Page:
Oxitec's GMO mosquito technology is estimated to cost $1.9 million for the first year and $384,000 every year after for a city of 50,000 inhabitants
A study published in PLOS Neglected Tropical Diseases presents a cost-effectiveness tool that can help guide decisions regarding resource allocation to fund interventions targeted at curtailing the ongoing Zika virus outbreak.
The study found most interventions cost-effective except the use of GM male mosquitoes that mate with wild female mosquitoes and do not produce offspring.
The technology, developed by Oxitec, a company that is majority owned by Intrexon, is estimated to cost $1.9 million for the first year and $384,000 every year after for a city of 50,000 inhabitants.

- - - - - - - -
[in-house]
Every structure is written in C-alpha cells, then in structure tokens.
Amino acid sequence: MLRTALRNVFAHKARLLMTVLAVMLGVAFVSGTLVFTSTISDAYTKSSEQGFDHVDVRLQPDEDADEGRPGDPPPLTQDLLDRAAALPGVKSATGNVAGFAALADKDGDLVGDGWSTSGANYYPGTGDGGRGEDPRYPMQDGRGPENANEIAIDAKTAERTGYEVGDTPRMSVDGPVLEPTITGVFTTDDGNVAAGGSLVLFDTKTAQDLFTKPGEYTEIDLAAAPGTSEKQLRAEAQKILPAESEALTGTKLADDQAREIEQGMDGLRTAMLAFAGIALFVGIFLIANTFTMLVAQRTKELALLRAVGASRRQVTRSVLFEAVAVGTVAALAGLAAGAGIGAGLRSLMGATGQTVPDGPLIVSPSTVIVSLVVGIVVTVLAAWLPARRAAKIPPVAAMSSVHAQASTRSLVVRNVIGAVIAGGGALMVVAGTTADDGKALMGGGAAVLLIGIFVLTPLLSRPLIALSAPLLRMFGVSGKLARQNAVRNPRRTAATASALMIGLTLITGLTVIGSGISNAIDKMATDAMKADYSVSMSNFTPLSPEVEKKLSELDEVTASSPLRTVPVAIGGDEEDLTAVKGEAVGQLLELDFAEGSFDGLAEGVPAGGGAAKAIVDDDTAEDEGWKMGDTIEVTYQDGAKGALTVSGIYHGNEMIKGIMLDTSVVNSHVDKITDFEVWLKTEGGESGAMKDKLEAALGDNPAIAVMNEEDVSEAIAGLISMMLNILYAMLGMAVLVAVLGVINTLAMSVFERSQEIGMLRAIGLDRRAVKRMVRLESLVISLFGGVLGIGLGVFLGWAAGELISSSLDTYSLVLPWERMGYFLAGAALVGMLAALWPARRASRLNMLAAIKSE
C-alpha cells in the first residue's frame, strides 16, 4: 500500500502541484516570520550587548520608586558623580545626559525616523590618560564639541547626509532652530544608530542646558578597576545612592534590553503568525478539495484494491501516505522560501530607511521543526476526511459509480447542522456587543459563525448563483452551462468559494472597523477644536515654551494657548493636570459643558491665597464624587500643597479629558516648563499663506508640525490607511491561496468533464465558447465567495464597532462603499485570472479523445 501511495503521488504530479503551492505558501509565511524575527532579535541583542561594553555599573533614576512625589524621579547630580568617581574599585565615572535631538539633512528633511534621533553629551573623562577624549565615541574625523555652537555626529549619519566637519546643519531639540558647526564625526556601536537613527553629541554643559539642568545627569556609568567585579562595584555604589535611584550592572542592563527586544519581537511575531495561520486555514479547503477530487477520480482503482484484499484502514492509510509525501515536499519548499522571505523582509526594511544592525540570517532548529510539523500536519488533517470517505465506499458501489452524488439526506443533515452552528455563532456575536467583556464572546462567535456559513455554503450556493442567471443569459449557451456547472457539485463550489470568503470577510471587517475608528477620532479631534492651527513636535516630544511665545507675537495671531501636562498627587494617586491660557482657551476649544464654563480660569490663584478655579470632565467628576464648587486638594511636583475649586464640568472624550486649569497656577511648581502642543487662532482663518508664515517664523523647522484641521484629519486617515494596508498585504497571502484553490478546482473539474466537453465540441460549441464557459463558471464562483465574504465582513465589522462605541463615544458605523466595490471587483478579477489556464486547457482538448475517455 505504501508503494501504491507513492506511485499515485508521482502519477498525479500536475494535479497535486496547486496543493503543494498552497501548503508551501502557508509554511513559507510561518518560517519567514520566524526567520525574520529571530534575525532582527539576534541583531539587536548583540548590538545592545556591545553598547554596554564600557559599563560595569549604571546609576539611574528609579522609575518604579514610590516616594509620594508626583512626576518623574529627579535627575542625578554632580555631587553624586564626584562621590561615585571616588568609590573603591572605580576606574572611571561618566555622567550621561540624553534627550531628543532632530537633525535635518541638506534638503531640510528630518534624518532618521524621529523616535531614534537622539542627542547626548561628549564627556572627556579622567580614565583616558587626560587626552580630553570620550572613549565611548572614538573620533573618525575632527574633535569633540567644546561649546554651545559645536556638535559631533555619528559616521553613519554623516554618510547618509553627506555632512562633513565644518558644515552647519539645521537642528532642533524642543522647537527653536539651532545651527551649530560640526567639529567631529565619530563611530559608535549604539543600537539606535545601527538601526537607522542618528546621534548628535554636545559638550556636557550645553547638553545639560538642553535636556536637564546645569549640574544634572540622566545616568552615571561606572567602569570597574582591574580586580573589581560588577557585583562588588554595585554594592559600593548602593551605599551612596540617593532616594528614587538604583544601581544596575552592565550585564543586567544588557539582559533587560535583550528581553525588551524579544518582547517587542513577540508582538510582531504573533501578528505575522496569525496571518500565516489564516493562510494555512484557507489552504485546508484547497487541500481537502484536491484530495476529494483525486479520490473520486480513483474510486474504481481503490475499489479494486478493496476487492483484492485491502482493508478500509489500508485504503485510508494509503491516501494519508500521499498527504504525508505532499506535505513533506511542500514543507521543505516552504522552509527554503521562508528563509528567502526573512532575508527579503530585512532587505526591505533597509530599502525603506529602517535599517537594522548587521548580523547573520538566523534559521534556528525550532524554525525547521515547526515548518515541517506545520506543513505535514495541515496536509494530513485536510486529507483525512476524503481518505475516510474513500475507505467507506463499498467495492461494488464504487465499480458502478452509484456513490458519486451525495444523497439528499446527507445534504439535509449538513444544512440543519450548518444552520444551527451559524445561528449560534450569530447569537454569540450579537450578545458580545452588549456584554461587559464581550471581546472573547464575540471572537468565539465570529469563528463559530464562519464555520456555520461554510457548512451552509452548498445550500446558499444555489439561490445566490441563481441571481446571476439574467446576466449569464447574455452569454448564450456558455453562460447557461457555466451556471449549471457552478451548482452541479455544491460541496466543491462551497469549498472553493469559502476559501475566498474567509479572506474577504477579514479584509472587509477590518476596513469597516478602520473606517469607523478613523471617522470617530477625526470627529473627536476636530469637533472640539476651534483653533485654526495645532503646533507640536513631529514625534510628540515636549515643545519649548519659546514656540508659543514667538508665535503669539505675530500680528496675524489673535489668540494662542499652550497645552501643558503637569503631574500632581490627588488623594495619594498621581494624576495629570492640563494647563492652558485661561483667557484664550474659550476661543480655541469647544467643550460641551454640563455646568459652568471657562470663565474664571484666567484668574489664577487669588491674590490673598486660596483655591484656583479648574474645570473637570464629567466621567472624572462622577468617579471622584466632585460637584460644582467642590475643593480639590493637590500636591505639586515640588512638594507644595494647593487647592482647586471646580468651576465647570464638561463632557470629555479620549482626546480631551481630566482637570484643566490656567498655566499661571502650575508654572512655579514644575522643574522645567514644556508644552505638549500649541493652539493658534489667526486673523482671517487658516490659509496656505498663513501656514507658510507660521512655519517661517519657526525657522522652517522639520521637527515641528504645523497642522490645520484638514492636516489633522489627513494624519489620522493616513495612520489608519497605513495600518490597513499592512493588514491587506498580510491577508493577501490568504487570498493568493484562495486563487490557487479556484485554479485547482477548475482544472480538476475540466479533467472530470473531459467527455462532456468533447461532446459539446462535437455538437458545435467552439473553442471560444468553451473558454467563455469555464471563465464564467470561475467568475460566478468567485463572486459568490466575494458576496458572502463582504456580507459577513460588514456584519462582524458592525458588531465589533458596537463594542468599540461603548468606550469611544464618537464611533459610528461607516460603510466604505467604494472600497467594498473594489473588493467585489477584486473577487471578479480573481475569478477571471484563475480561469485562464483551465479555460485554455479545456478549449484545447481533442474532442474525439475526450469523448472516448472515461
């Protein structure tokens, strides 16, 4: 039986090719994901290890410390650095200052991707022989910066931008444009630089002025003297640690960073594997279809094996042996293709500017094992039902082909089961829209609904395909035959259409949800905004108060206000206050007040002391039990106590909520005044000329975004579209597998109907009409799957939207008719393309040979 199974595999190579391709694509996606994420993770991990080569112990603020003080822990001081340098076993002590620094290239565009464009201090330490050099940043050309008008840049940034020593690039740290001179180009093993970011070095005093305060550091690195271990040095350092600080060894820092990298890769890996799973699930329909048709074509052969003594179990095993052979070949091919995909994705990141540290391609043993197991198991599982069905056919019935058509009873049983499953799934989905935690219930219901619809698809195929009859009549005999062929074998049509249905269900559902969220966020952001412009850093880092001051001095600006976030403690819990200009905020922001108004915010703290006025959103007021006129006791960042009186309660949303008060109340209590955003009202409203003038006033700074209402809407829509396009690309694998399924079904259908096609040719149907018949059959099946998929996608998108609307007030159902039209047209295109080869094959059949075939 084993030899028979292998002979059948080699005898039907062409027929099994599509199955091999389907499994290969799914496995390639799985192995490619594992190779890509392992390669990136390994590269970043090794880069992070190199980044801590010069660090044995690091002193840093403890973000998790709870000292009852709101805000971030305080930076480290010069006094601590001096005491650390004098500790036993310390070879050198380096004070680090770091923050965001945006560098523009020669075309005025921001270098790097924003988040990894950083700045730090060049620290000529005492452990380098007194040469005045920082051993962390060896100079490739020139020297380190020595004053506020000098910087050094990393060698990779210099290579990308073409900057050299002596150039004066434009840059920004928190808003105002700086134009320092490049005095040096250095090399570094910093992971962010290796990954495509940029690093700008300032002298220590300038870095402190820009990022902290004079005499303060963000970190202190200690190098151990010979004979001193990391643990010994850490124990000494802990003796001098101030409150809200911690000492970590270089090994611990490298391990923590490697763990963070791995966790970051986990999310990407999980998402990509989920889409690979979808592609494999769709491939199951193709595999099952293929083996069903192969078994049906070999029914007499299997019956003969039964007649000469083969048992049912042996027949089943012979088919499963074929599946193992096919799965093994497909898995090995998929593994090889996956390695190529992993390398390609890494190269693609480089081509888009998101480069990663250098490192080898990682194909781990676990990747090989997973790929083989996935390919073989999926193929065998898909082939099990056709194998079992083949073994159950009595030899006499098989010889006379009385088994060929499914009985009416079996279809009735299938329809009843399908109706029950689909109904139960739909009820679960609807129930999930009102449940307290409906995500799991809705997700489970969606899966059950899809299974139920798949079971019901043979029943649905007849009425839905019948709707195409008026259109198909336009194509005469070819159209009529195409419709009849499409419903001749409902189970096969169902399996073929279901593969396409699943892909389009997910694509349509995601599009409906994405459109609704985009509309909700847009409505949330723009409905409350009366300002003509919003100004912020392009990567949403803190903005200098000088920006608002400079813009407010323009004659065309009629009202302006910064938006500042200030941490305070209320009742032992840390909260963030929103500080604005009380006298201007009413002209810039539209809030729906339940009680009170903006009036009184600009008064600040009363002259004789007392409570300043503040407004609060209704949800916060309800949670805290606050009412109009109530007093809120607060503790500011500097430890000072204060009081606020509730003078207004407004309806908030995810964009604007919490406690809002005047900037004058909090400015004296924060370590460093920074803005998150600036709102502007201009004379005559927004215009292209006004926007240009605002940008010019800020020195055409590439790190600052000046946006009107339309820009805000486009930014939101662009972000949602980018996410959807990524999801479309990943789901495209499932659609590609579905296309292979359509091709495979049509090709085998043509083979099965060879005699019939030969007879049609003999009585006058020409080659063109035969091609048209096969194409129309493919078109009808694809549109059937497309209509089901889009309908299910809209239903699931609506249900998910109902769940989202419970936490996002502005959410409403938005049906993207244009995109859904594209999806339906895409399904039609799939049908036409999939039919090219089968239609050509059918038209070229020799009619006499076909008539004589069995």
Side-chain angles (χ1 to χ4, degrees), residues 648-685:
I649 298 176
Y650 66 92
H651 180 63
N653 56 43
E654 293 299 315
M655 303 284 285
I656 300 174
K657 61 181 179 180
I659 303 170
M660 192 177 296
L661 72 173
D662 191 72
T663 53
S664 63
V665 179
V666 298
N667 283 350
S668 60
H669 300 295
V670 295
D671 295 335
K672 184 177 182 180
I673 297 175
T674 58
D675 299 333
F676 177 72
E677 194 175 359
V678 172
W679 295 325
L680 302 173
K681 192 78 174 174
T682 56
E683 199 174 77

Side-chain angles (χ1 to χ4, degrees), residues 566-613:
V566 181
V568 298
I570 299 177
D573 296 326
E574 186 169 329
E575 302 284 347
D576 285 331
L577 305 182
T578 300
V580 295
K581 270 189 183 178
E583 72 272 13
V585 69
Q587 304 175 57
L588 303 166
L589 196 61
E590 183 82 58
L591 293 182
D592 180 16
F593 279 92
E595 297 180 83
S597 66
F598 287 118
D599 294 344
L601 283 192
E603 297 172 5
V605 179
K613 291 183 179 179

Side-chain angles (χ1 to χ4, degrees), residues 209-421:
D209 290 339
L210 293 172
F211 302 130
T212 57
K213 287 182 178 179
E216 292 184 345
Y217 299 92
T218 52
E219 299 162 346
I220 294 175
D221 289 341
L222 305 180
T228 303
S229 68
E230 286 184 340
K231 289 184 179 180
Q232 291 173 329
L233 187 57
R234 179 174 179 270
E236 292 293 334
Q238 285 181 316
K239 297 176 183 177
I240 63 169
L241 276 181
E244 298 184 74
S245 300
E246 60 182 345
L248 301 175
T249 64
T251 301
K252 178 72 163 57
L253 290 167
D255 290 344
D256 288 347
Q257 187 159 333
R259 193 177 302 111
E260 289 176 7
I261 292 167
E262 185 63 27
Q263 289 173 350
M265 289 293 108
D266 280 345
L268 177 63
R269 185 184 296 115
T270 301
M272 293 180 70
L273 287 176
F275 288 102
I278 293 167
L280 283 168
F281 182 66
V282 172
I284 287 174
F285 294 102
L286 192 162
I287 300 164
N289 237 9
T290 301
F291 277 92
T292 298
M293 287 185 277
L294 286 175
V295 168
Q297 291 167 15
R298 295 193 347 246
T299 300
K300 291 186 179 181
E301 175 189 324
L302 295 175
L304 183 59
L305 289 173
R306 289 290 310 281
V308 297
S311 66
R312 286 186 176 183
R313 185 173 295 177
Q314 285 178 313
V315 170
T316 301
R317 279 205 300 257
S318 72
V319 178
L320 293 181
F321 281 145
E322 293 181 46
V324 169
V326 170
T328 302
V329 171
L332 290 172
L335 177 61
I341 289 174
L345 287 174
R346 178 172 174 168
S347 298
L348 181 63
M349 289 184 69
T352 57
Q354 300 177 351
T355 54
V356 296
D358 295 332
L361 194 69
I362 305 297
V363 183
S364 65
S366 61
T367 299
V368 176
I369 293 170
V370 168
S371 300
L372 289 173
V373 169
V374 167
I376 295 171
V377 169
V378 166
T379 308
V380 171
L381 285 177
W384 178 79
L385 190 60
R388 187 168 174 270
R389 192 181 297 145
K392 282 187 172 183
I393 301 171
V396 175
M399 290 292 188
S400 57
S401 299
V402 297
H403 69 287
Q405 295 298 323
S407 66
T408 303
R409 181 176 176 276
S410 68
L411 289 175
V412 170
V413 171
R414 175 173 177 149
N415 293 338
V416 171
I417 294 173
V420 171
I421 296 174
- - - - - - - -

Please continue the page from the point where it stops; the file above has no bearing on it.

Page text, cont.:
The researchers found that for some resource-limited countries like El Salvador or Nicaragua, the number of Zika infections that would have to be prevented in order for the intervention to be cost-effective is higher than the entire population of the city.
Source: Infection Control Today http://www.infectioncontroltoday.com/news/2016/05/zika-virus-tool-predicts-most-interventions-to-be-costeffective.aspx